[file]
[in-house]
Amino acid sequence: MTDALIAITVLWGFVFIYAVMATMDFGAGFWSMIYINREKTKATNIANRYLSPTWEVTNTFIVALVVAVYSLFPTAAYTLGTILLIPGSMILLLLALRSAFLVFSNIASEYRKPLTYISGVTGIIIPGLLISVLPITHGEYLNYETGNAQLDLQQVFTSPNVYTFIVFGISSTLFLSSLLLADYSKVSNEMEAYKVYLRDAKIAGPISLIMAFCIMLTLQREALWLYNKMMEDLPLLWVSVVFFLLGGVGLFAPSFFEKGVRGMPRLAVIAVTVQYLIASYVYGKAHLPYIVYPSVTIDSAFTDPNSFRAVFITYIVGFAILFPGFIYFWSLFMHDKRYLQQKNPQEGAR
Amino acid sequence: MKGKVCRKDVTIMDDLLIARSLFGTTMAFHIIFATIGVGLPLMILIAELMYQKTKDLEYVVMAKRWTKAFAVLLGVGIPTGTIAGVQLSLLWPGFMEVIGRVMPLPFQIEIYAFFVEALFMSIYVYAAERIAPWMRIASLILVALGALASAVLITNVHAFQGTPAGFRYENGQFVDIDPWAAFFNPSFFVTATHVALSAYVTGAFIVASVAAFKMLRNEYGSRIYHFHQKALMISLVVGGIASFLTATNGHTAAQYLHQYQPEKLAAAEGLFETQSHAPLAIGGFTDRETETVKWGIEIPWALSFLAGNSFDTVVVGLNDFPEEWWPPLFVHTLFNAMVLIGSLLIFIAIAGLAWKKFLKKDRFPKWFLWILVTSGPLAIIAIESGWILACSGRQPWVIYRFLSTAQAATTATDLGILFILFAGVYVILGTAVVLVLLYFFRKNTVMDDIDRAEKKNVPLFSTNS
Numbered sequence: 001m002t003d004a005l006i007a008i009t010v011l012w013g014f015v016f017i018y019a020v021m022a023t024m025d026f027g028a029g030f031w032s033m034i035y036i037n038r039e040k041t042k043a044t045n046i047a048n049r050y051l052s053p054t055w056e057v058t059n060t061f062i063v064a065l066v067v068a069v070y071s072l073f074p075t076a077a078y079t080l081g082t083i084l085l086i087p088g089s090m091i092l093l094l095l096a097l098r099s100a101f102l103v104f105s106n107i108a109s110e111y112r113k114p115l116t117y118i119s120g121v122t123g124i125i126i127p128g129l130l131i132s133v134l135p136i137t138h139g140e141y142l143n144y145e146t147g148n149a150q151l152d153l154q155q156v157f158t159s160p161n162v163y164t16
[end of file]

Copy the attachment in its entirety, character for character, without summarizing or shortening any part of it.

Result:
[in-house]
Amino acid sequence: MTDALIAITVLWGFVFIYAVMATMDFGAGFWSMIYINREKTKATNIANRYLSPTWEVTNTFIVALVVAVYSLFPTAAYTLGTILLIPGSMILLLLALRSAFLVFSNIASEYRKPLTYISGVTGIIIPGLLISVLPITHGEYLNYETGNAQLDLQQVFTSPNVYTFIVFGISSTLFLSSLLLADYSKVSNEMEAYKVYLRDAKIAGPISLIMAFCIMLTLQREALWLYNKMMEDLPLLWVSVVFFLLGGVGLFAPSFFEKGVRGMPRLAVIAVTVQYLIASYVYGKAHLPYIVYPSVTIDSAFTDPNSFRAVFITYIVGFAILFPGFIYFWSLFMHDKRYLQQKNPQEGAR
Amino acid sequence: MKGKVCRKDVTIMDDLLIARSLFGTTMAFHIIFATIGVGLPLMILIAELMYQKTKDLEYVVMAKRWTKAFAVLLGVGIPTGTIAGVQLSLLWPGFMEVIGRVMPLPFQIEIYAFFVEALFMSIYVYAAERIAPWMRIASLILVALGALASAVLITNVHAFQGTPAGFRYENGQFVDIDPWAAFFNPSFFVTATHVALSAYVTGAFIVASVAAFKMLRNEYGSRIYHFHQKALMISLVVGGIASFLTATNGHTAAQYLHQYQPEKLAAAEGLFETQSHAPLAIGGFTDRETETVKWGIEIPWALSFLAGNSFDTVVVGLNDFPEEWWPPLFVHTLFNAMVLIGSLLIFIAIAGLAWKKFLKKDRFPKWFLWILVTSGPLAIIAIESGWILACSGRQPWVIYRFLSTAQAATTATDLGILFILFAGVYVILGTAVVLVLLYFFRKNTVMDDIDRAEKKNVPLFSTNS
Numbered sequence: 001m002t003d004a005l006i007a008i009t010v011l012w013g014f015v016f017i018y019a020v021m022a023t024m025d026f027g028a029g030f031w032s033m034i035y036i037n038r039e040k041t042k043a044t045n046i047a048n049r050y051l052s053p054t055w056e057v058t059n060t061f062i063v064a065l066v067v068a069v070y071s072l073f074p075t076a077a078y079t080l081g082t083i084l085l086i087p088g089s090m091i092l093l094l095l096a097l098r099s100a101f102l103v104f105s106n107i108a109s110e111y112r113k114p115l116t117y118i119s120g121v122t123g124i125i126i127p128g129l130l131i132s133v134l135p136i137t138h139g140e141y142l143n144y145e146t147g148n149a150q151l152d153l154q155q156v157f158t159s160p161n162v163y164t16